Driving foot traffic to a bricks-and-mortar store may seem something of a lost art, but it’s no less critical to the health of your business than it ever was. Here are eight tips to get your front door swinging.

1. Have a grand opening.

Planning on opening a business in the near future? Make Day One as big a deal as possible. Provide food, offer door prizes, and serve up other enticements and entertainment to make the day memorable. And, while you’re doing it, keep tabs on who shows up. Nothing is as powerful as a grand opening to attract customers, But, once they arrive, you should collect their names and addresses or ask for their business cards.

2. Plan on holding other promotional events.

Just because your business has been up and running for a while doesn’t preclude celebrations that attract foot traffic. Any promotional event that draws attention can be effective. Look into an in-store raffle or giveaway, and advertise the event as widely as your budget will allow. If yours is a business that can somehow connect with a local celebrity—say, an author or sports figure—having him or her on the premises can bring in clientele. But no matter what you do, make it sufficiently fresh and appealing. Promotional events have to be really exciting and different; otherwise, people just won’t come.

3. Make your business newsworthy.

Foot traffic on the day of an event is one thing. Attracting business beyond that 24-hour window is something else entirely. That’s why it’s important to leverage media whenever possible. For instance, donating a portion of the day’s take to charity can win a flattering article in your local newspaper. Taking a completely different tack, investigate whether a radio station would be willing to broadcast live on the day of your promotional event. The key is to grab the attention of customers who can’t make it in at that particular time. That drives foot traffic in the future. The more creative the event, the more likely that a newspaper will write about it. And that makes it all the more likely that customers will read about it and come check it out.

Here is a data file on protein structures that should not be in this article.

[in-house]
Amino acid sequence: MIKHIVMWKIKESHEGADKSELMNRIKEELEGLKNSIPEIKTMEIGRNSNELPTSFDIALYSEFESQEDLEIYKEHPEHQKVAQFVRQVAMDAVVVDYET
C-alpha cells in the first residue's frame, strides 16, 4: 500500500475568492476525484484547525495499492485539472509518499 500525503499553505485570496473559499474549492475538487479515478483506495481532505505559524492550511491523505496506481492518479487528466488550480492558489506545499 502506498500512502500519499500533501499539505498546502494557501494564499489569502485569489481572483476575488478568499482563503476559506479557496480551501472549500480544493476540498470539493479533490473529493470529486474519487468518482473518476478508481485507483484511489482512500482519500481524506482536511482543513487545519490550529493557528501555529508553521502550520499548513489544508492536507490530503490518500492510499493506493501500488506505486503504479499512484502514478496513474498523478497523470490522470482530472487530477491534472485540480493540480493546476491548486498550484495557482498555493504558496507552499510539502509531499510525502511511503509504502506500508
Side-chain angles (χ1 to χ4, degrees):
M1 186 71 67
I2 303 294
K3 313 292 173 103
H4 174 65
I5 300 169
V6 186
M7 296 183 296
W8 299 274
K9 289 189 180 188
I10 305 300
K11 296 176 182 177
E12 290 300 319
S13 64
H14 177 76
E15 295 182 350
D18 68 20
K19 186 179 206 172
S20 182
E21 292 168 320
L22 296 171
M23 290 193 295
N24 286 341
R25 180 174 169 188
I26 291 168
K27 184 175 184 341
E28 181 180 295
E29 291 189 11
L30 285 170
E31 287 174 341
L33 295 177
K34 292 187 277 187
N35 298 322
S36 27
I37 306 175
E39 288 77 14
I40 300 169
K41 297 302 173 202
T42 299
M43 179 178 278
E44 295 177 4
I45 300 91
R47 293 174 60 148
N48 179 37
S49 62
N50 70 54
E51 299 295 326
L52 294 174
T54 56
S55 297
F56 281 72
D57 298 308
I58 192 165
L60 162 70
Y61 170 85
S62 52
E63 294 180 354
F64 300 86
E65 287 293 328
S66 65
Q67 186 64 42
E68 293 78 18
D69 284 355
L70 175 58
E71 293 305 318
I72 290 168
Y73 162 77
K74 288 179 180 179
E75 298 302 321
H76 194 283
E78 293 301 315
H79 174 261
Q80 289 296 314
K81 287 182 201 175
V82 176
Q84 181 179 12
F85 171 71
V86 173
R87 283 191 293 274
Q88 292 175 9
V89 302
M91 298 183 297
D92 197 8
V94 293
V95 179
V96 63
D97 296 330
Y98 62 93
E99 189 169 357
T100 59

4. Have a sale.

Old fashioned? Maybe. Still, nothing beats the lure of something that’s less expensive for a limited amount of time. And while the idea of a sale may seem a bit blasé to some, technological advances have made sales events more potent than ever before. For example, if you maintain a database of customers, contact them via an email newsletter to let them know of upcoming sales events and other promotions. Offers that come with a sense of urgency are always effective to get customers to come to stores.

5. Follow up with your contacts.

Even the best-planned promotional event is of little import if you fail to leverage the initial contact. Keep encouraging foot traffic by staying in touch with customers. Let them know about events that may otherwise attract little attention. Encourage them to pass along the news with friends and neighbors. “A great event is only half the battle,” Smith says. “If you want consistent foot traffic, you have to follow up, then follow up some more. Send them offers, special announcements, or anything you can think of to get them into your store.”

6. Emphasise customer service.

One advantage that a bricks-and-mortar store has over mail-order and Internet competitors is a personal relationship with customers. Special events can be terrific in building foot traffic, but what keeps customers coming back—and spreading the good word as they do—is the product knowledge and enthusiasm that can only be conveyed face to face. Things may be cheaper on the web or via the post office, but getting to know your customers and what they value can trump those handicaps—and, in turn, build a steady stream of foot traffic for the long haul.

7. Host a seminar or workshop.

Boosting foot traffic doesn’t even have to involve a direct effort to sell a product or service. These days, education is every bit as important, as consumers want to know how to get the most out of what they buy. And that makes in-house seminars and workshops powerful weapons to build foot traffic. To illustrate: If you own an accounting firm, offer free tax-cutting workshops. No matter the actual event, publicise it to the hilt. Promote the event via in-store signage, flyers, ads, and press releases. Lots of big brands do it! And don’t forget the power of social media and search advertising.

8. Online advertising

Did you know that more and more people search online before they visit a local store? Facebook for example lets you choose the area around your business you want to target so you can drive local customers to your door.